2. We failed to develop a pedagogical praxis from the start of our organization, and this problem was far from corrected as we deviated more and more into petty-bourgeois activism. We placed book study far and above gaining an intimate understanding of the lived experiences that brought our comrades into communist organization to begin with. This was principally an organizational problem because it concerns how our comrades related to one another. By not analyzing well our own people, we could not clearly differentiate between people who came to communism out of pity for the exploited and oppressed versus those who come from the exploited and oppressed or strongly find identity with them. This difference was for a long time blurred. Our own experiences of oppression, exploitation and alienation should be the fires within us that drive us forward as revolutionaries. When we do not understand, harness, and temper these fires within us, they can burn us out and or burn down the wrong things around us. We must seize upon the personal experiences of our comrades with exploitation, oppression, and alienation to become a motor force in their cadre development.
  3. We confused quantitative advance for qualitative advance. We prioritized recruitment into our mass organizations and RI above the qualitative development of our organizations. We ignored and put off the qualitative development of our people and the infrastructure required to assure the advancement of our people into communist cadre, because we were too busy with activism. We were unwilling to slow down quantitative growth in order to direct resources to the qualitative advancement of our organization, especially in terms of our educational and training capacities and making proper assessments. A fixation on quantitative growth also held us back from pursuing struggles within the organization that risked (and perhaps should have) pushed some people out. This was an easy error to persist with as we gravitated towards petty-bourgeois activism and away from proletarian class struggle. The constant push to grow also meant that we spent precious resources on cross-country party-building without the ability to consolidate these networks and with little valuable direction to actually provide comrades from new regions. Qualitative development and quantitative development are two aspects of growth, and we must ensure our qualitative development keeps up with quantitative growth.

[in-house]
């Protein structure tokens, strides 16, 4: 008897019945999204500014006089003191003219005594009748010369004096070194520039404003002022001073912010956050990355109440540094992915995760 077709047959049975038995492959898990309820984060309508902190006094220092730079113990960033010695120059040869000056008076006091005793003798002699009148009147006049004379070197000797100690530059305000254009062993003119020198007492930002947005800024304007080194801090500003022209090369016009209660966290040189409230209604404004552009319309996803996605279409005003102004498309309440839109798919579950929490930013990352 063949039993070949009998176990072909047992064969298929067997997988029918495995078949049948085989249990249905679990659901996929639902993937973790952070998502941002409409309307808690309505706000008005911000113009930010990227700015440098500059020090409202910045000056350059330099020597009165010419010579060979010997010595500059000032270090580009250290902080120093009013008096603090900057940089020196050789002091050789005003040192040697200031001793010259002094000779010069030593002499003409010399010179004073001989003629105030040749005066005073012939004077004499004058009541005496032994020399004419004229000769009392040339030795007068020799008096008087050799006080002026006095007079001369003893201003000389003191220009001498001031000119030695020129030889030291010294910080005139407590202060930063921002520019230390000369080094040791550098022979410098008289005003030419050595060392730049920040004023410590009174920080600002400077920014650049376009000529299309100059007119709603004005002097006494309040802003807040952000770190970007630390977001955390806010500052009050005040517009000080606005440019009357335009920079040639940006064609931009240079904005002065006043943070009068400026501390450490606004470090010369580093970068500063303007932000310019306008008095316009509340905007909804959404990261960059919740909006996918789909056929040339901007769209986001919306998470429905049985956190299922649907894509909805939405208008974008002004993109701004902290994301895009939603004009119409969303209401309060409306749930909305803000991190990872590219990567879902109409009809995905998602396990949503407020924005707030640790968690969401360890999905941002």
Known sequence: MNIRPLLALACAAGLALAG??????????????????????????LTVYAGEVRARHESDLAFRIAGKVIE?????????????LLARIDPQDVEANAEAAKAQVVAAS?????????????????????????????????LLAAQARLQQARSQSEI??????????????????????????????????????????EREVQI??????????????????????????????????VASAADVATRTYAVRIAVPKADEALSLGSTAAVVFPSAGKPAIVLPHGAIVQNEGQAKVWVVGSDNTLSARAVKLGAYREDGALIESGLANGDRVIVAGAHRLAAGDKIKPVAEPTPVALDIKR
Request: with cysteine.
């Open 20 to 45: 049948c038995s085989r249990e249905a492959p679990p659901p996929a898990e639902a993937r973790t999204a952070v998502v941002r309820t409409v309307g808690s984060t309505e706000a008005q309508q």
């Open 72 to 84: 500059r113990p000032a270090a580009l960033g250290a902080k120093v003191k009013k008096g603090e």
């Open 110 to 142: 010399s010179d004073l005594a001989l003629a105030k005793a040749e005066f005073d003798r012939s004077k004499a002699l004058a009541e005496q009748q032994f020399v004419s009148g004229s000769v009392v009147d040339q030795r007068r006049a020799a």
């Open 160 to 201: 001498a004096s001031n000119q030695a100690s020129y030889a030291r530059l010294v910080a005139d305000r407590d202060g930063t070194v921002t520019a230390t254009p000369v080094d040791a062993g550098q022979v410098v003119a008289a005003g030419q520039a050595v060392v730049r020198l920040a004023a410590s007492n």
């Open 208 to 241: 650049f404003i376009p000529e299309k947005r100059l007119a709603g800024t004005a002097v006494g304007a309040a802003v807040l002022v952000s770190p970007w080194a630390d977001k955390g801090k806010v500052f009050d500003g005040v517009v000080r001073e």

4. We organized things not people. Once disengaged from base-building and proletarian class struggle, we focused more and more on organizing things (events, rallies, meeting cycles, propaganda production deadlines) rather than people. While organizing things is part of organizing people, we lost sight of the people themselves. Our organizational endeavours must, in the final analysis, be subordinated to the ideological, political, and organizational development of our organizers at all levels. The ideological, political, and organization development of our people must be made a priority at all levels of work. This is what it means for the masses the makers of history.
  5. We had no coherent theory or practice of proletarian revolutionary mass organizing. Our thinking was marred by a spontaneist view of mass organizing. We then backslid into petty-bourgeois methods of activism in the face of our challenges. We failed to see how much we still had to learn in the realm of agitation, social investigation, cadre development, and in differentiating the advanced from the intermediate and backward masses. We expected quick advances in our organizing without having a clue about how to organize the masses through painstaking social investigation, agitation, and struggle with the advanced and intermediate masses. We relied heavily on mobilizing over organizing and propaganda over agitation – typical petty-bourgeois activist errors. Party-building needs the context of proletarian struggle to weed out the petty-bourgeois activist modes, hone the practice of effective mass organizing, and ultimately, to build the party. Party-building and strong mass organizing are inseparable from one another.